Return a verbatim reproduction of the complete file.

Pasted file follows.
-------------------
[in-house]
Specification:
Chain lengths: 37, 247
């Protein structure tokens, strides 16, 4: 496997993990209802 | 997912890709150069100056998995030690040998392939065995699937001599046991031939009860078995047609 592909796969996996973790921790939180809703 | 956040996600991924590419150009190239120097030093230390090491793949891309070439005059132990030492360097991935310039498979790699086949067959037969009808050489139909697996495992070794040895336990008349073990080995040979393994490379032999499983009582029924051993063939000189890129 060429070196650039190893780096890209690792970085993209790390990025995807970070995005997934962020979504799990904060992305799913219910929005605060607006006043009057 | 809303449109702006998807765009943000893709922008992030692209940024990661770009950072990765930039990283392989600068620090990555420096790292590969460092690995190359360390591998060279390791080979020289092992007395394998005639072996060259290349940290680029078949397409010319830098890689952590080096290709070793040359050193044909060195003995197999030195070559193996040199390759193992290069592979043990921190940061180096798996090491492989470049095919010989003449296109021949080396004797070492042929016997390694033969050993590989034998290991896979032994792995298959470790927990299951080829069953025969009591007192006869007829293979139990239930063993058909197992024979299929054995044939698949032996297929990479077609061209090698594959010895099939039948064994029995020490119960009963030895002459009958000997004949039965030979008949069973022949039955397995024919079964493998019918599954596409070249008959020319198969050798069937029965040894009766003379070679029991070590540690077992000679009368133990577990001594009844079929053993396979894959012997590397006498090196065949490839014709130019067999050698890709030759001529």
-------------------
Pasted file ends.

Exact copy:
[in-house]
Specification:
Chain lengths: 37, 247
């Protein structure tokens, strides 16, 4: 496997993990209802 | 997912890709150069100056998995030690040998392939065995699937001599046991031939009860078995047609 592909796969996996973790921790939180809703 | 956040996600991924590419150009190239120097030093230390090491793949891309070439005059132990030492360097991935310039498979790699086949067959037969009808050489139909697996495992070794040895336990008349073990080995040979393994490379032999499983009582029924051993063939000189890129 060429070196650039190893780096890209690792970085993209790390990025995807970070995005997934962020979504799990904060992305799913219910929005605060607006006043009057 | 809303449109702006998807765009943000893709922008992030692209940024990661770009950072990765930039990283392989600068620090990555420096790292590969460092690995190359360390591998060279390791080979020289092992007395394998005639072996060259290349940290680029078949397409010319830098890689952590080096290709070793040359050193044909060195003995197999030195070559193996040199390759193992290069592979043990921190940061180096798996090491492989470049095919010989003449296109021949080396004797070492042929016997390694033969050993590989034998290991896979032994792995298959470790927990299951080829069953025969009591007192006869007829293979139990239930063993058909197992024979299929054995044939698949032996297929990479077609061209090698594959010895099939039948064994029995020490119960009963030895002459009958000997004949039965030979008949069973022949039955397995024919079964493998019918599954596409070249008959020319198969050798069937029965040894009766003379070679029991070590540690077992000679009368133990577990001594009844079929053993396979894959012997590397006498090196065949490839014709130019067999050698890709030759001529």